On March 19 2018, Forest Practices Board staff presented before the Federal Senate Standing Committee on Agriculture and Forestry in Vancouver, providing input to the Committee’s study of the potential impact of climate change effects on the agriculture, agri-food and forestry sectors and actions to increase adaptation and reduce emissions.

We had an hour with the Committee which began with our presentation on: (i) the Forest Practices Board, what we do and the legislation we operate under,
(ii) our observations on climate change effects and impacts to forest and range resources, and (iii) suggestions for the federal government to consider.

After our presentation, each of the Senators asked several questions. In particular, they were interested in the FPB role and our ability to be effective without restrictive powers such as the ability to set rules or impose penalties. They were also interested in our suggestion to consider an independent climate change “watchdog”.

A key benefit was to make the Committee aware of the Board and our work, which comes from a unique perspective.

You can download a PDF copy of our presentation on the right hand side of the page.

The Forest Practices Board made a submission to the government’s review of the professional reliance model in British Columbia. The submission is based on the Board’s experience in auditing and investigating forest and range practices throughout the province and reviewing the role of professionals in the course of that work.

The Forest Practices Board (Board) is British Columbia’s independent forest and range watchdog. On behalf of the public, it monitors and reports on forest and range practices on public land. One of the main ways it does this is through field-based compliance audits of forest and range licensees.

The purpose of this guide is to help licensees prepare for a Board range audit and discuss how to conduct their practices to avoid issues most commonly found in past audits. This guide answers some frequently asked questions and provides potential auditees with background information on the audit process.

In June 2014, the Forest Practices Board decided on three strategic priorities to help guide its work over the next 3-5 years.

Between February 26 and March 31, 2015 the Forest Practices Board conducted a benchmark survey. The objective of this survey was to improve the Board’s understanding of its perceived value and performance in pursuing its mission, and to establish baseline metrics to ensure verifiable, meaningful progress can be made. This in turn will better position the Board to evaluate and improve upon its watchdog function and focus its outreach and communication activities with key stakeholder groups.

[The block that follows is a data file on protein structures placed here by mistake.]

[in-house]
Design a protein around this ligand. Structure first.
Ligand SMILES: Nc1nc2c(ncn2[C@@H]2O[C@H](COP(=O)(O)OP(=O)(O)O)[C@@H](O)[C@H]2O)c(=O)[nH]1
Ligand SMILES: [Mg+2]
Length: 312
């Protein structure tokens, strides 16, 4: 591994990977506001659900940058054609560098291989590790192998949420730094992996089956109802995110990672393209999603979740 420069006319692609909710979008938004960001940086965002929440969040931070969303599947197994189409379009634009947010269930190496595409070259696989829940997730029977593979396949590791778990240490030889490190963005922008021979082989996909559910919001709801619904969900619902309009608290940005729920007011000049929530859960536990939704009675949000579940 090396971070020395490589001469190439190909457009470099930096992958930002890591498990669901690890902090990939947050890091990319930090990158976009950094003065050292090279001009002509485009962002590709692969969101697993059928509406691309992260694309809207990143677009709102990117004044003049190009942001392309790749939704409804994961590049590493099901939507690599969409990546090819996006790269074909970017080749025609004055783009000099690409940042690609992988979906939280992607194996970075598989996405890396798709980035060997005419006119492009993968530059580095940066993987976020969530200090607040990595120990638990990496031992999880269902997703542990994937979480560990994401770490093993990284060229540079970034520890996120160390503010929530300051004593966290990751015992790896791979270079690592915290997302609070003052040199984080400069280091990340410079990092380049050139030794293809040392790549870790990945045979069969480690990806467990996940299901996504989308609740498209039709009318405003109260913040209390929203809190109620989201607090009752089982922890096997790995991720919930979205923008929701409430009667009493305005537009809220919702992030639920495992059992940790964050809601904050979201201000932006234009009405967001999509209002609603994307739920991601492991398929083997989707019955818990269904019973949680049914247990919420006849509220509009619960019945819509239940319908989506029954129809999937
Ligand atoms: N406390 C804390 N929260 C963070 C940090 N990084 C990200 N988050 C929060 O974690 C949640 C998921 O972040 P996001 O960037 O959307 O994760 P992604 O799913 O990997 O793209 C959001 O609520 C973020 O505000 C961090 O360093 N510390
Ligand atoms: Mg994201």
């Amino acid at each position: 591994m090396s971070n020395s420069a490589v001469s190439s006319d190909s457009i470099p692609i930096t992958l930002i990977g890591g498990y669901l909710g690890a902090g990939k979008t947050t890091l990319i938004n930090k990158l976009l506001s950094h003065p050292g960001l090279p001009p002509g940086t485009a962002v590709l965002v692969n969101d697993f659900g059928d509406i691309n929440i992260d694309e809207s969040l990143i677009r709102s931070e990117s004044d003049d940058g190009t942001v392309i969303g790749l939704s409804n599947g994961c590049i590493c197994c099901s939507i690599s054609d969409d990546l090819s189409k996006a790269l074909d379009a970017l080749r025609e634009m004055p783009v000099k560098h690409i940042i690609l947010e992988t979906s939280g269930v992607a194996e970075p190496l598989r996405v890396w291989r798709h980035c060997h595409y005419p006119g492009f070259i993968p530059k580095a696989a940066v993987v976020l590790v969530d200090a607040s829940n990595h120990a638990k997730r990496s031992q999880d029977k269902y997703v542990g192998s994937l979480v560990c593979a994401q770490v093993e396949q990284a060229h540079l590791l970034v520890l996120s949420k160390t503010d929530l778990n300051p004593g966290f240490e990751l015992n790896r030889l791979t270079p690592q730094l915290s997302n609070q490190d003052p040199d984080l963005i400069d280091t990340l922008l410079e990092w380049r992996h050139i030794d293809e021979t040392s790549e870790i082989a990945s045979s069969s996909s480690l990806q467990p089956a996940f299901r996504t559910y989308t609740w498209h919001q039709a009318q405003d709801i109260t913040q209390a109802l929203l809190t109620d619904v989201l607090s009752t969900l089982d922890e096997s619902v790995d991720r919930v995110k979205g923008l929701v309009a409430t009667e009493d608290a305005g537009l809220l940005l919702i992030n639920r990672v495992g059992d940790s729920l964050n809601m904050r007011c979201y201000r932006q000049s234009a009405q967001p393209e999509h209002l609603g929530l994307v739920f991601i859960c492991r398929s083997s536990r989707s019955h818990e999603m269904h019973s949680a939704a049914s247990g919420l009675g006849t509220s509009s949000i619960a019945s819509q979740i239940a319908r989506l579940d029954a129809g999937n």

In 2011, the Ministry of Forests, Lands and Natural Resource Operations (FLNR), the Ministry of Environment and 12 heli ski/cat ski operators signed two memoranda of understanding (MOUs) regarding the management of helicopter and snowcat skiing in mountain caribou habitats. The MOUs, being consistent with government’s mountain caribou recovery objectives, include provisions for adapting to caribou encounters, among other things, and reporting this information to FLNR by May 31 each year.

This audit highlights the beneficial aspects of having an industry, with the potential to adversely impact a sensitive wildlife resource, follow agreed upon procedures to manage and minimize wildlife encounters, and to self-report on those encounters.

The Forest Practices Board (Board) is British Columbia’s independent forest and range watchdog. On behalf of the public, it monitors and reports on forest and range practices on public land. One of the main ways it does this is through field-based compliance audits of forest and range licensees.

The purpose of this guide is to help licensees prepare for a Board audit and discuss how to conduct their practices to avoid issues most commonly found in past audits. This guide answers some frequently asked questions and provides potential auditees with background information on the audit process.

This paper presents the submission of the Forest Practices Board to the Natural Resource Road Act Project, in response to the Discussion Paper of October 2011. The Board makes submissions on three points:

  1. Resource roads legislation is needed.
  2. There is a need for a public watchdog.
  3. The new legislation must regulate government, not just the private sector.

The Forest Practices Board offers this submission based on its experience and expertise with resource roads in the forestry sector and with the public watchdog model.

The Forest Practices Board is an independent agency of the Government of British Columbia. The Board was created in 1995 under the Forest Practices Code and was continued under the Forest and Range Practices Act and the Wildfire Act.

The Forest Practices Board was asked to perform an assessment of the Oil and Gas Commission’s (OGC) compliance and enforcement (C&E) framework, comprising the structures, processes, systems and documentation used to deliver and support the OGC‘s work in ensuring industry compliance with legal and permit requirements.

This report provides an overview of the Board’s compliance and enforcement auditing results published in 2010. The practices included in these various reports occurred between October 2005 and July 2010. These audits tell the public if the practices of forest and range licensees and government met legal requirements, and whether government’s enforcement was appropriate. The Board plans to issue a summary of its audit results on an annual basis.